With the support of the 2010 Lemelson Fellowship, Meghan Hynson will be performing ethnomusicological research in Bali, Indonesia. The paper she intends to write entitled, Performing Religion: The Puppet Preacher in Balinese Hinduism, will explore the identity of Balinese artists as important social and religious figures. Of particular importance for her paper is the term dalang or shadow puppeteer. Meghans research is first concerned with a special type of dalang who has gone through religious rites of passage allowing him to make holy water, bestow blessings, carry out exorcisms, and give healing performances. This type of dalang is far more than a puppeteer; he is a healer and a shaman, and is usually sought after for his extensive religious knowledge. In addition to this, Meghan will also explore the role of the dalang in a rare form of human dance-drama called wayang wong. In the wayang wong, the narrator, who is also the lead dancer, is also referred to as a dalang. Although the use of the term dalang in this genre refers to a different type of performer in a different context of performance, the social and religious function of the dalang in both genres is quite similar. The bulk of Meghans research project will be spent documenting a rare wayang wong performance that is only given once every six months of the Balinese calendar, and she will continue to explore role of the dalang in both genres, transforming him into what she has coined, a puppet preacher.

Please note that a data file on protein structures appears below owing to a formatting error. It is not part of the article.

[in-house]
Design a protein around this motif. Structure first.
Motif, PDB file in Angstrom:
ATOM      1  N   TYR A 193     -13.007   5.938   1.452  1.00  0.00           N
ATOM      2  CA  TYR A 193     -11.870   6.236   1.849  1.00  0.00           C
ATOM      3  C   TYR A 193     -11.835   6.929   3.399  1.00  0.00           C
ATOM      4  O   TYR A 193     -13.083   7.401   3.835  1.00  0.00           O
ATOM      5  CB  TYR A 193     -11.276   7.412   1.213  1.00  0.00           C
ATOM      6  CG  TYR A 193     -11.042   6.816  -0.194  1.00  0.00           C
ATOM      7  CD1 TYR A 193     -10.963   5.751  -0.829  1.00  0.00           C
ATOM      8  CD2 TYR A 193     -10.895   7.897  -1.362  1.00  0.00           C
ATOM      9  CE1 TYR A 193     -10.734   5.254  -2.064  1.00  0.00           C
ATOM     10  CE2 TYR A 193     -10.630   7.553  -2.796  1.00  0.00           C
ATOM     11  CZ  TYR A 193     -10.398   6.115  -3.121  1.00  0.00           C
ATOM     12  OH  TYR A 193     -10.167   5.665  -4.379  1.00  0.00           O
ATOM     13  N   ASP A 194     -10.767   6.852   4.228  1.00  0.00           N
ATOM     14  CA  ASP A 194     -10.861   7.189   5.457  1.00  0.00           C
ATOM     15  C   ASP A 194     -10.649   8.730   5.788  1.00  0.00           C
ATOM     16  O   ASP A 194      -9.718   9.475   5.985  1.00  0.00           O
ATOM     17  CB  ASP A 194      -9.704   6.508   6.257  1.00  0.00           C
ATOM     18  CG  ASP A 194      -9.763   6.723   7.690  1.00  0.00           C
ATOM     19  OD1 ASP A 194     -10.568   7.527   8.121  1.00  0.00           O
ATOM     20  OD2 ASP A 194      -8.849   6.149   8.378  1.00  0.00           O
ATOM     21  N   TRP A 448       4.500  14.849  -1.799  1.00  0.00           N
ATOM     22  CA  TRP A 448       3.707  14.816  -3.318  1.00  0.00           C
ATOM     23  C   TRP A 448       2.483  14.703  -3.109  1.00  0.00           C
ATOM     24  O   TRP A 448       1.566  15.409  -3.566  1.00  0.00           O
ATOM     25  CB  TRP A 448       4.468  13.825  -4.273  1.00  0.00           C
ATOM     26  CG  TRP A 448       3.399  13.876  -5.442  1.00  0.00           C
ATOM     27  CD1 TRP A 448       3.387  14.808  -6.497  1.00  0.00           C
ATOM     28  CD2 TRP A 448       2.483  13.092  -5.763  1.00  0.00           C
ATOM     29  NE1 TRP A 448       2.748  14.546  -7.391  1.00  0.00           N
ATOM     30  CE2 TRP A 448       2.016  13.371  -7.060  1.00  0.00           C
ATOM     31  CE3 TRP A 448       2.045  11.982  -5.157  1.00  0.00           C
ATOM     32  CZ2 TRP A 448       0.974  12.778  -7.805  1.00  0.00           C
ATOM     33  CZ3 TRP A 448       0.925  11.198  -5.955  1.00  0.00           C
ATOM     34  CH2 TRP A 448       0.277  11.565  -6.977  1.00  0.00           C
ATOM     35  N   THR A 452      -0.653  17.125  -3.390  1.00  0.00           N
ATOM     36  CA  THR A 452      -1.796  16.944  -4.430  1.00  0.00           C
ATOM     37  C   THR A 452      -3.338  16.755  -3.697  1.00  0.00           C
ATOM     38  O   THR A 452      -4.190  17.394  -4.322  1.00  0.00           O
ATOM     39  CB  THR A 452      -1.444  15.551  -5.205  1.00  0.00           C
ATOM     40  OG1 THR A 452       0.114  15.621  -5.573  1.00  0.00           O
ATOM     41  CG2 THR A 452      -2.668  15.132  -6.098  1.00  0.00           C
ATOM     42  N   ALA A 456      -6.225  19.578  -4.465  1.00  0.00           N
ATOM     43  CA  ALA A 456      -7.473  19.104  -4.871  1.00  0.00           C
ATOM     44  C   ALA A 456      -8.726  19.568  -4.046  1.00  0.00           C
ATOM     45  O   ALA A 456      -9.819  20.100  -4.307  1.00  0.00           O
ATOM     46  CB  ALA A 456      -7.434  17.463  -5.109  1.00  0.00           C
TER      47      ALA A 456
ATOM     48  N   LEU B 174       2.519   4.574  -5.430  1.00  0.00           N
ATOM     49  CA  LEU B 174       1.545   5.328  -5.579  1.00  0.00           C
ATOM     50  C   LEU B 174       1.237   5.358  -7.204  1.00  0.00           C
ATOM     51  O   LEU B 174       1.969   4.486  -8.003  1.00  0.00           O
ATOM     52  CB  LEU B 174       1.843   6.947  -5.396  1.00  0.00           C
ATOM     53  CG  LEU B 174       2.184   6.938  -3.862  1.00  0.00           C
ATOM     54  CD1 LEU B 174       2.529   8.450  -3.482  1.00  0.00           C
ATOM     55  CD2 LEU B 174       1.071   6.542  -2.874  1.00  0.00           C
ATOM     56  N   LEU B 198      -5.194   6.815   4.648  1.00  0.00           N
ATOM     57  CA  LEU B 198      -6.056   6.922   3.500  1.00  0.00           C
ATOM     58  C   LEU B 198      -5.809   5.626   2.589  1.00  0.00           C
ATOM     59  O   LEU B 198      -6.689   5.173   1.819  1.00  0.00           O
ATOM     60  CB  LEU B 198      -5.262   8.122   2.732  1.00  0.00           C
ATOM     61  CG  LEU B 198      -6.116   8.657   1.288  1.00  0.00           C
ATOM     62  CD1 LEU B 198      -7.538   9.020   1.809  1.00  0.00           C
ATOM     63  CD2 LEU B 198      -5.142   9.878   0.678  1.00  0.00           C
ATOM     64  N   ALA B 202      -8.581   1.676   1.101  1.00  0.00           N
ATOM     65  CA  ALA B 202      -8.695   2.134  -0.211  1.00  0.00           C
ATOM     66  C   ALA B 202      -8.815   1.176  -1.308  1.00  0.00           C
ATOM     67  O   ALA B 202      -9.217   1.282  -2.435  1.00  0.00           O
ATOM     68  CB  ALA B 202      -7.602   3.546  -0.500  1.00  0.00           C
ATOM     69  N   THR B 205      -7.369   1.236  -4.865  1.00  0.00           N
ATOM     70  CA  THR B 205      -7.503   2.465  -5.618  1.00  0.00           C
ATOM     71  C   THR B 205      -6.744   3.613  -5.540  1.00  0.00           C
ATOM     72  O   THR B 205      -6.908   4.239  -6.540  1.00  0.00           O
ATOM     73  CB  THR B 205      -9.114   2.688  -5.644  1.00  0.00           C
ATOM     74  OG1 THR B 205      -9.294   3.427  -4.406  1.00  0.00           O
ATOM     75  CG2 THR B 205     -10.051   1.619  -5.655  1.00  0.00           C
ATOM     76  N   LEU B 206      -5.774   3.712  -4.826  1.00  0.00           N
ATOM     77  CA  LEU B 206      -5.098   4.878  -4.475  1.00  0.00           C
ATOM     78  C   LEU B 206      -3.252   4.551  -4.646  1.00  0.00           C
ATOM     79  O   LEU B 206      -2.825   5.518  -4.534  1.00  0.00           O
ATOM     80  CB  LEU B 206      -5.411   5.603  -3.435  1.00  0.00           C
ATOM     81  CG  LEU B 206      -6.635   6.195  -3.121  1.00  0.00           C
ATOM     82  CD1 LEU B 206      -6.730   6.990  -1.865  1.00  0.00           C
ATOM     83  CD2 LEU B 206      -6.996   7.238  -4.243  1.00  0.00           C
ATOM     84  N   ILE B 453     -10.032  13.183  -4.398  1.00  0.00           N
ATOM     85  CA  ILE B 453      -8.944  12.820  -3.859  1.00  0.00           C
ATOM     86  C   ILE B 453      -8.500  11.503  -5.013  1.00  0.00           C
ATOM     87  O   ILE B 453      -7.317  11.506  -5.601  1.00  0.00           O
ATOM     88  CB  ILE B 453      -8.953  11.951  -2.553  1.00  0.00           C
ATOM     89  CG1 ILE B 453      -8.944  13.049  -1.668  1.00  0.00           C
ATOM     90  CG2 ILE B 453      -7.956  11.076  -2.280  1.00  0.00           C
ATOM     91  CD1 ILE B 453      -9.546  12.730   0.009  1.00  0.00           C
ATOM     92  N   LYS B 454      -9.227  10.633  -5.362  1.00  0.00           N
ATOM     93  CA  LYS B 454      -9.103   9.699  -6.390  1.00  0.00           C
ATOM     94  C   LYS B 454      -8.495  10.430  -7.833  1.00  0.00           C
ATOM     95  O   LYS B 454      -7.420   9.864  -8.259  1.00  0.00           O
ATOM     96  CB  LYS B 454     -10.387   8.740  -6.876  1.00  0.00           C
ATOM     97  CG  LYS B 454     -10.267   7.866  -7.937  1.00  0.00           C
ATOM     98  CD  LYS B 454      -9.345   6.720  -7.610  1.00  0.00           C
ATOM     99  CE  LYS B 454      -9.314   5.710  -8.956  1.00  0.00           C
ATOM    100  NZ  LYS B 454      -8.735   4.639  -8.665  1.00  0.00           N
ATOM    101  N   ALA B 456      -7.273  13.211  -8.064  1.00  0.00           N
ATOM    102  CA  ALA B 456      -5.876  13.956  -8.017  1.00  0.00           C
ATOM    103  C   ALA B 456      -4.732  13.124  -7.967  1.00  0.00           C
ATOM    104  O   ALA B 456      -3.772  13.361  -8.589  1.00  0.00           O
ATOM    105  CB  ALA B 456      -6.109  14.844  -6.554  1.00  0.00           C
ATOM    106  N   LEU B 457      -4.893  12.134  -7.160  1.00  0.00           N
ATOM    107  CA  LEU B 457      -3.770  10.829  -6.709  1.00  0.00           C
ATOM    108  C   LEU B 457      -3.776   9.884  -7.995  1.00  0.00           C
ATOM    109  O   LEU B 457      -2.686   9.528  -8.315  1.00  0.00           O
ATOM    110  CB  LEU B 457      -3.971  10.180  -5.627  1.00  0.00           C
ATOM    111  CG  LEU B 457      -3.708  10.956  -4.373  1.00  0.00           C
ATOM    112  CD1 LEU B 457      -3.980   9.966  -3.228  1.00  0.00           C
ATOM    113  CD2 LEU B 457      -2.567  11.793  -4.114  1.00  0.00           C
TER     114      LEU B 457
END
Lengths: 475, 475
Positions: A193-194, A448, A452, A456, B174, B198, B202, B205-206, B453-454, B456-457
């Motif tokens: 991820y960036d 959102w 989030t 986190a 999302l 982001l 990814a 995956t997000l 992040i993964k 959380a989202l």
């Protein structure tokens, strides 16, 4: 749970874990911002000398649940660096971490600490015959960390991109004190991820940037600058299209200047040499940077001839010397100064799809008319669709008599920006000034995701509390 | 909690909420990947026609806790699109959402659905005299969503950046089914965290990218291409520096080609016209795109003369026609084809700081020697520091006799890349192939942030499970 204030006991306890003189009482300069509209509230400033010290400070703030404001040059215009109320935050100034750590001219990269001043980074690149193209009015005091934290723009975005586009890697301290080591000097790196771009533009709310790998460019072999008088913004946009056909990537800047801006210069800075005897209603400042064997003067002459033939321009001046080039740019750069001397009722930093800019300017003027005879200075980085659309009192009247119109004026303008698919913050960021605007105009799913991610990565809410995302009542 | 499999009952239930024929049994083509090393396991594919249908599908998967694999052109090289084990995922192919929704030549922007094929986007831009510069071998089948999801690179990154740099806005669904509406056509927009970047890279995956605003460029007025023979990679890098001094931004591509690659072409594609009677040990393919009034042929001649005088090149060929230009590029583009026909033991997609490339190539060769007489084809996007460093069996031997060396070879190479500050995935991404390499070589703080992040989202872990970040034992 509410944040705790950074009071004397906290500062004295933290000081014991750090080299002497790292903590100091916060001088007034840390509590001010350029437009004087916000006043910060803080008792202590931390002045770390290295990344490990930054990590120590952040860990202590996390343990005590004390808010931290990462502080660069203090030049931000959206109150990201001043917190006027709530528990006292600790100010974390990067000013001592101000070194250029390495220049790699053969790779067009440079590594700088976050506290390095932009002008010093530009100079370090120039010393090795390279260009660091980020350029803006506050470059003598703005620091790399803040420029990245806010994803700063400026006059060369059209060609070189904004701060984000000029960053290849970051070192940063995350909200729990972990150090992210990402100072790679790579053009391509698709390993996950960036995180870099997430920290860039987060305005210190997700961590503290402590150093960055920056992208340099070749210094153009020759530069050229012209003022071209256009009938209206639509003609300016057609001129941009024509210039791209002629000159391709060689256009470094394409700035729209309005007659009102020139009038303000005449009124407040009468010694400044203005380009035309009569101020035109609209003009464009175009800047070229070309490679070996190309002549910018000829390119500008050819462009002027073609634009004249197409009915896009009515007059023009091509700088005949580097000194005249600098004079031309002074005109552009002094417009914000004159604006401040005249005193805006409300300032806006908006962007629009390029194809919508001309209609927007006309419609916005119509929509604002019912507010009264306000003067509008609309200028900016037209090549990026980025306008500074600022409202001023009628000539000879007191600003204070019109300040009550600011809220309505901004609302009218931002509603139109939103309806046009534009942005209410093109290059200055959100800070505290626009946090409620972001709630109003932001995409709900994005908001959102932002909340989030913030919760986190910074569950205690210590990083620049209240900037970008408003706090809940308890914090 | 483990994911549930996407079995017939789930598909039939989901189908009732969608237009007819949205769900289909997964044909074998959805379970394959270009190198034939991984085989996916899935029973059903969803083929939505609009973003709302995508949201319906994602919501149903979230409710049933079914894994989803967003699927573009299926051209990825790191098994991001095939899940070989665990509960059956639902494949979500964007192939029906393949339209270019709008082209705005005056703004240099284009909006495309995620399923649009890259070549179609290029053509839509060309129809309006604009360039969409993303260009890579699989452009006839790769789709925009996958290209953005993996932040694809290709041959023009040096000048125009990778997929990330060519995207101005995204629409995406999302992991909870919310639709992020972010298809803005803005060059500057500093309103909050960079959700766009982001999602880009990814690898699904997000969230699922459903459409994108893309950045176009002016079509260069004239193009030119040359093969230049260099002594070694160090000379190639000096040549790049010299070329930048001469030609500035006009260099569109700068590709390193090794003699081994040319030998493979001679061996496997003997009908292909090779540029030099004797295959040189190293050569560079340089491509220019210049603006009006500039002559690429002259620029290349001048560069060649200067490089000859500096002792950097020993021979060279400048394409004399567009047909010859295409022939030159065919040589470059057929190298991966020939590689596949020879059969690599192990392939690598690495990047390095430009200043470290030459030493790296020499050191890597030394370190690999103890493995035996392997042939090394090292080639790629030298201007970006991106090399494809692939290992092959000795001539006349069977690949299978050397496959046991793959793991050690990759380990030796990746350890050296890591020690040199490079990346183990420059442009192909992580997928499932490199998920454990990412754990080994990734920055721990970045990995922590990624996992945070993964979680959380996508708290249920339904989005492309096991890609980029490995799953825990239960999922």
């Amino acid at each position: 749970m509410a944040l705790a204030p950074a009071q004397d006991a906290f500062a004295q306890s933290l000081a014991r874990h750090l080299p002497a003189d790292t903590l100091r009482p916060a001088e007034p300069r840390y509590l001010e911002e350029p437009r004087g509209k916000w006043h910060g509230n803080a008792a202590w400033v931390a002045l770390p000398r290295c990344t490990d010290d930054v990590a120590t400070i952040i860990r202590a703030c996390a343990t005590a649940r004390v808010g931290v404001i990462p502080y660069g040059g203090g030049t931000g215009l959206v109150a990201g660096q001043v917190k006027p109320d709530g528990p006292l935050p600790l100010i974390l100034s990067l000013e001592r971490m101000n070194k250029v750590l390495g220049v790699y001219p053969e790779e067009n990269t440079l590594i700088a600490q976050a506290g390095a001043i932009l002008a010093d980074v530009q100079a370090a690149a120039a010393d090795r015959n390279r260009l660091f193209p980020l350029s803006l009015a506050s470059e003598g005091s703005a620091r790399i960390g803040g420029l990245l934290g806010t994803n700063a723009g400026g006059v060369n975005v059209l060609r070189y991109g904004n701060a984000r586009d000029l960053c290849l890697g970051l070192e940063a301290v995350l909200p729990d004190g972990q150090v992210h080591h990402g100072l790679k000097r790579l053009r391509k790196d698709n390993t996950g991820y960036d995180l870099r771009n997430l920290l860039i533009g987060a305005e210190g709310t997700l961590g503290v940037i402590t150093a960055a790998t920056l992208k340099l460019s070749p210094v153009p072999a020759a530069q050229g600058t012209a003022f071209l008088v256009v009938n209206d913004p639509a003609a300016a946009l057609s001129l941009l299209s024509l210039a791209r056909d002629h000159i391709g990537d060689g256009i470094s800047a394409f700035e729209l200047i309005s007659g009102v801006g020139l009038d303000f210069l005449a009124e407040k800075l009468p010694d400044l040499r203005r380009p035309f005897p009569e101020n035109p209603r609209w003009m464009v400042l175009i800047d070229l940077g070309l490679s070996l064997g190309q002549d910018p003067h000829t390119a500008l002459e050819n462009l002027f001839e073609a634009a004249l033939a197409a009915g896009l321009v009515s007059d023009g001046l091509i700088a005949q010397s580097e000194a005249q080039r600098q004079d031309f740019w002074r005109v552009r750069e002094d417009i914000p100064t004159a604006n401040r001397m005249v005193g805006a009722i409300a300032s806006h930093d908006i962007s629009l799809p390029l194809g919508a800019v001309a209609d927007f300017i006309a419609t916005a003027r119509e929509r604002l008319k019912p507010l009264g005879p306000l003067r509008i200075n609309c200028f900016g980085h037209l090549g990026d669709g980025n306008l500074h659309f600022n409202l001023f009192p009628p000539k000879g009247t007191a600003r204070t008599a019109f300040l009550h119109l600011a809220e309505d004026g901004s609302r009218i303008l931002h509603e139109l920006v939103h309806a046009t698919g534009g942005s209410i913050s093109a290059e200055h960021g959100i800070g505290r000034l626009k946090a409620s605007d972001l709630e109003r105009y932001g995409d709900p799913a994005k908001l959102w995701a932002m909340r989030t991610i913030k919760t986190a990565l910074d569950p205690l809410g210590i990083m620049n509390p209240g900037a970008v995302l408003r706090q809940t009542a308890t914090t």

The coral reefs surrounding Indonesia support marine environments that are unparalleled in their richness and biodiversity. Sadly, these jewels of nature are also the most critically threatened reef systems on the planet. Human activity is resulting in changes in ocean chemistry via a process called ocean acidification. Corals are especially sensitive to ocean chemistry: increasingly acidic seawater slows coral growth and could eventually wipe out entire reefs. My project addresses key questions concerning the threat of ocean acidification to these vital ecosystems. Which coral species are most vulnerable and which most resilient to ocean acidification? Can resilient coral populations act as lifelines for other threatened reefs? My answers to these questions will have major implications for the planning and establishment of new marine sanctuaries to safeguard the future of these crucially important natural wonders.